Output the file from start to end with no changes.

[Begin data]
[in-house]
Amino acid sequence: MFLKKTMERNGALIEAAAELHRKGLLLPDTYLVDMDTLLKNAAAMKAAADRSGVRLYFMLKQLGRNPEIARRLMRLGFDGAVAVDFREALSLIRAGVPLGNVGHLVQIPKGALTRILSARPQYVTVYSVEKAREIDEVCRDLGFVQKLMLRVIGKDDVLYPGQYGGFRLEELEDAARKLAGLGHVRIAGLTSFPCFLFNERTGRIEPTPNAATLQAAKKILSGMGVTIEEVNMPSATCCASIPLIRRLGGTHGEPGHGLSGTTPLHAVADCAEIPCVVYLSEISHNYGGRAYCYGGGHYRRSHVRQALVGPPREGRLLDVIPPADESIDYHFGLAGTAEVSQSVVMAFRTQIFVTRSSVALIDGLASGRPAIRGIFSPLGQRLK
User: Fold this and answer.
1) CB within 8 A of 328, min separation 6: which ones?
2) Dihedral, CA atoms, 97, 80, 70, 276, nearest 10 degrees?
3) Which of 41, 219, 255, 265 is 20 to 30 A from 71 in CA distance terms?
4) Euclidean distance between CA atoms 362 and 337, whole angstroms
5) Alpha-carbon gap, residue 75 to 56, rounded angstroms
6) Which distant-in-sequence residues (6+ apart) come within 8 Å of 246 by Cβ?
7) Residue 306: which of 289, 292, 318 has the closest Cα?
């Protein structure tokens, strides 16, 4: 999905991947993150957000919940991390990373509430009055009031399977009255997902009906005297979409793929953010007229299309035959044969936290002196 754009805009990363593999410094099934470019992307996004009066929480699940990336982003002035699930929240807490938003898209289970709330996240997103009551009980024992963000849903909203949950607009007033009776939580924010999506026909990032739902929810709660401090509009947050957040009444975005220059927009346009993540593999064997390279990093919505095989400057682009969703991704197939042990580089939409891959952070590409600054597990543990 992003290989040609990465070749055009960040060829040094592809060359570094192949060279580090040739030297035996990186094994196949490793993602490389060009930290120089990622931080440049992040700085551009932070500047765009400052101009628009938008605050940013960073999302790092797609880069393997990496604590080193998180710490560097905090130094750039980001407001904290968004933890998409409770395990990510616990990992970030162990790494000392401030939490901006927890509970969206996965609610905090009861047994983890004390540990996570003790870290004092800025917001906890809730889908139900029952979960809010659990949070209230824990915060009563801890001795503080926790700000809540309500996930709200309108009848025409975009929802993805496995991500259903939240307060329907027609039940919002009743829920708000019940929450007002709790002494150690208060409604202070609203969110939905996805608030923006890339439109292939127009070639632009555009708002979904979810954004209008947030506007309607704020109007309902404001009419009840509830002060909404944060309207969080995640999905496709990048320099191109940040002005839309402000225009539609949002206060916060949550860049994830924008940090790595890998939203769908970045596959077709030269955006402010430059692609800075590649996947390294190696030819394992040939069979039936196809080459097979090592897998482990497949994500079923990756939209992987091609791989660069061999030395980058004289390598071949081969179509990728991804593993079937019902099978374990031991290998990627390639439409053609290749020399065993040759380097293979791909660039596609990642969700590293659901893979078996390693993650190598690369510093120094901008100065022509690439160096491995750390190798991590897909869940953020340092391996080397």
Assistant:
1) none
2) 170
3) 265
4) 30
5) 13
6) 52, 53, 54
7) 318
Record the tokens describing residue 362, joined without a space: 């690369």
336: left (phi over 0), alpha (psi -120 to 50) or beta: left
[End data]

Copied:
[in-house]
Amino acid sequence: MFLKKTMERNGALIEAAAELHRKGLLLPDTYLVDMDTLLKNAAAMKAAADRSGVRLYFMLKQLGRNPEIARRLMRLGFDGAVAVDFREALSLIRAGVPLGNVGHLVQIPKGALTRILSARPQYVTVYSVEKAREIDEVCRDLGFVQKLMLRVIGKDDVLYPGQYGGFRLEELEDAARKLAGLGHVRIAGLTSFPCFLFNERTGRIEPTPNAATLQAAKKILSGMGVTIEEVNMPSATCCASIPLIRRLGGTHGEPGHGLSGTTPLHAVADCAEIPCVVYLSEISHNYGGRAYCYGGGHYRRSHVRQALVGPPREGRLLDVIPPADESIDYHFGLAGTAEVSQSVVMAFRTQIFVTRSSVALIDGLASGRPAIRGIFSPLGQRLK
User: Fold this and answer.
1) CB within 8 A of 328, min separation 6: which ones?
2) Dihedral, CA atoms, 97, 80, 70, 276, nearest 10 degrees?
3) Which of 41, 219, 255, 265 is 20 to 30 A from 71 in CA distance terms?
4) Euclidean distance between CA atoms 362 and 337, whole angstroms
5) Alpha-carbon gap, residue 75 to 56, rounded angstroms
6) Which distant-in-sequence residues (6+ apart) come within 8 Å of 246 by Cβ?
7) Residue 306: which of 289, 292, 318 has the closest Cα?
């Protein structure tokens, strides 16, 4: 999905991947993150957000919940991390990373509430009055009031399977009255997902009906005297979409793929953010007229299309035959044969936290002196 754009805009990363593999410094099934470019992307996004009066929480699940990336982003002035699930929240807490938003898209289970709330996240997103009551009980024992963000849903909203949950607009007033009776939580924010999506026909990032739902929810709660401090509009947050957040009444975005220059927009346009993540593999064997390279990093919505095989400057682009969703991704197939042990580089939409891959952070590409600054597990543990 992003290989040609990465070749055009960040060829040094592809060359570094192949060279580090040739030297035996990186094994196949490793993602490389060009930290120089990622931080440049992040700085551009932070500047765009400052101009628009938008605050940013960073999302790092797609880069393997990496604590080193998180710490560097905090130094750039980001407001904290968004933890998409409770395990990510616990990992970030162990790494000392401030939490901006927890509970969206996965609610905090009861047994983890004390540990996570003790870290004092800025917001906890809730889908139900029952979960809010659990949070209230824990915060009563801890001795503080926790700000809540309500996930709200309108009848025409975009929802993805496995991500259903939240307060329907027609039940919002009743829920708000019940929450007002709790002494150690208060409604202070609203969110939905996805608030923006890339439109292939127009070639632009555009708002979904979810954004209008947030506007309607704020109007309902404001009419009840509830002060909404944060309207969080995640999905496709990048320099191109940040002005839309402000225009539609949002206060916060949550860049994830924008940090790595890998939203769908970045596959077709030269955006402010430059692609800075590649996947390294190696030819394992040939069979039936196809080459097979090592897998482990497949994500079923990756939209992987091609791989660069061999030395980058004289390598071949081969179509990728991804593993079937019902099978374990031991290998990627390639439409053609290749020399065993040759380097293979791909660039596609990642969700590293659901893979078996390693993650190598690369510093120094901008100065022509690439160096491995750390190798991590897909869940953020340092391996080397």
Assistant:
1) none
2) 170
3) 265
4) 30
5) 13
6) 52, 53, 54
7) 318
Record the tokens describing residue 362, joined without a space: 């690369």
336: left (phi over 0), alpha (psi -120 to 50) or beta: left